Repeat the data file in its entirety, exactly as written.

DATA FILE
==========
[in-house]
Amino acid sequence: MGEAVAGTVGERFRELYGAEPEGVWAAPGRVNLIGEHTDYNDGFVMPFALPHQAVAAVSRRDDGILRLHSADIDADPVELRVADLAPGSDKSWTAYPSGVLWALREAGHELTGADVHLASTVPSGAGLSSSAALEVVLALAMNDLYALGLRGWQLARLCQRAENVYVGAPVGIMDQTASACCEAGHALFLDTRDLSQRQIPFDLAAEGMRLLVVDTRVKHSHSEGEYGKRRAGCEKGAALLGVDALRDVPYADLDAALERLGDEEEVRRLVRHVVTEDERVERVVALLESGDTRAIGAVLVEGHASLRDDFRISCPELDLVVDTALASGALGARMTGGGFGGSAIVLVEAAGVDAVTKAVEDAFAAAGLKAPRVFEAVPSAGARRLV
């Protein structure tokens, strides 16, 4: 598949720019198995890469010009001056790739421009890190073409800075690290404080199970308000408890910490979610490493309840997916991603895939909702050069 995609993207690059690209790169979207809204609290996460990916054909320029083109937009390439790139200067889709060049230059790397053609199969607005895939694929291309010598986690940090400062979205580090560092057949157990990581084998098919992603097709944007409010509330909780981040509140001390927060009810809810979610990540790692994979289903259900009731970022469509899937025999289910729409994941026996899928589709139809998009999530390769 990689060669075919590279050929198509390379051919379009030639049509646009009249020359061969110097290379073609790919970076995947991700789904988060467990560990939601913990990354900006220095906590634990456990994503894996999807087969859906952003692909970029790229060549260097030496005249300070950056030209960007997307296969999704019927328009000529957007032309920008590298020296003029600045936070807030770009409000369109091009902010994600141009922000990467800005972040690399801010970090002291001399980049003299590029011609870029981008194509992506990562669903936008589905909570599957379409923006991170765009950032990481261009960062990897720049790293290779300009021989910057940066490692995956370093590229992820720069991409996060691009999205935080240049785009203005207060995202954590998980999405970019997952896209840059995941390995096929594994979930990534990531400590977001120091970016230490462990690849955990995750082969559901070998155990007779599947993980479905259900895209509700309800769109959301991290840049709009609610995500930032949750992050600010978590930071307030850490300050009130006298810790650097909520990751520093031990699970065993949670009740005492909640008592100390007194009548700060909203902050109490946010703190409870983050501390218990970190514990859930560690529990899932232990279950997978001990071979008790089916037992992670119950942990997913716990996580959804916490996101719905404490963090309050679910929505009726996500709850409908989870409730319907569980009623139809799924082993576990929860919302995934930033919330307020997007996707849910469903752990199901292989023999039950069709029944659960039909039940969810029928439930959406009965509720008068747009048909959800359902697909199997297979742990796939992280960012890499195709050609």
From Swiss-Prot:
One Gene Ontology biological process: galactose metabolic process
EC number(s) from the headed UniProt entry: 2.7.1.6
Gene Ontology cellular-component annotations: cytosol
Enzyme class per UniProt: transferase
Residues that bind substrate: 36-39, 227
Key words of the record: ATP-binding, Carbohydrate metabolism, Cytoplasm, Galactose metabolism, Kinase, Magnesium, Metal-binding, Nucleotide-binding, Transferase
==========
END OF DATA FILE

[in-house]
Amino acid sequence: MGEAVAGTVGERFRELYGAEPEGVWAAPGRVNLIGEHTDYNDGFVMPFALPHQAVAAVSRRDDGILRLHSADIDADPVELRVADLAPGSDKSWTAYPSGVLWALREAGHELTGADVHLASTVPSGAGLSSSAALEVVLALAMNDLYALGLRGWQLARLCQRAENVYVGAPVGIMDQTASACCEAGHALFLDTRDLSQRQIPFDLAAEGMRLLVVDTRVKHSHSEGEYGKRRAGCEKGAALLGVDALRDVPYADLDAALERLGDEEEVRRLVRHVVTEDERVERVVALLESGDTRAIGAVLVEGHASLRDDFRISCPELDLVVDTALASGALGARMTGGGFGGSAIVLVEAAGVDAVTKAVEDAFAAAGLKAPRVFEAVPSAGARRLV
């Protein structure tokens, strides 16, 4: 598949720019198995890469010009001056790739421009890190073409800075690290404080199970308000408890910490979610490493309840997916991603895939909702050069 995609993207690059690209790169979207809204609290996460990916054909320029083109937009390439790139200067889709060049230059790397053609199969607005895939694929291309010598986690940090400062979205580090560092057949157990990581084998098919992603097709944007409010509330909780981040509140001390927060009810809810979610990540790692994979289903259900009731970022469509899937025999289910729409994941026996899928589709139809998009999530390769 990689060669075919590279050929198509390379051919379009030639049509646009009249020359061969110097290379073609790919970076995947991700789904988060467990560990939601913990990354900006220095906590634990456990994503894996999807087969859906952003692909970029790229060549260097030496005249300070950056030209960007997307296969999704019927328009000529957007032309920008590298020296003029600045936070807030770009409000369109091009902010994600141009922000990467800005972040690399801010970090002291001399980049003299590029011609870029981008194509992506990562669903936008589905909570599957379409923006991170765009950032990481261009960062990897720049790293290779300009021989910057940066490692995956370093590229992820720069991409996060691009999205935080240049785009203005207060995202954590998980999405970019997952896209840059995941390995096929594994979930990534990531400590977001120091970016230490462990690849955990995750082969559901070998155990007779599947993980479905259900895209509700309800769109959301991290840049709009609610995500930032949750992050600010978590930071307030850490300050009130006298810790650097909520990751520093031990699970065993949670009740005492909640008592100390007194009548700060909203902050109490946010703190409870983050501390218990970190514990859930560690529990899932232990279950997978001990071979008790089916037992992670119950942990997913716990996580959804916490996101719905404490963090309050679910929505009726996500709850409908989870409730319907569980009623139809799924082993576990929860919302995934930033919330307020997007996707849910469903752990199901292989023999039950069709029944659960039909039940969810029928439930959406009965509720008068747009048909959800359902697909199997297979742990796939992280960012890499195709050609």
From Swiss-Prot:
One Gene Ontology biological process: galactose metabolic process
EC number(s) from the headed UniProt entry: 2.7.1.6
Gene Ontology cellular-component annotations: cytosol
Enzyme class per UniProt: transferase
Residues that bind substrate: 36-39, 227
Key words of the record: ATP-binding, Carbohydrate metabolism, Cytoplasm, Galactose metabolism, Kinase, Magnesium, Metal-binding, Nucleotide-binding, Transferase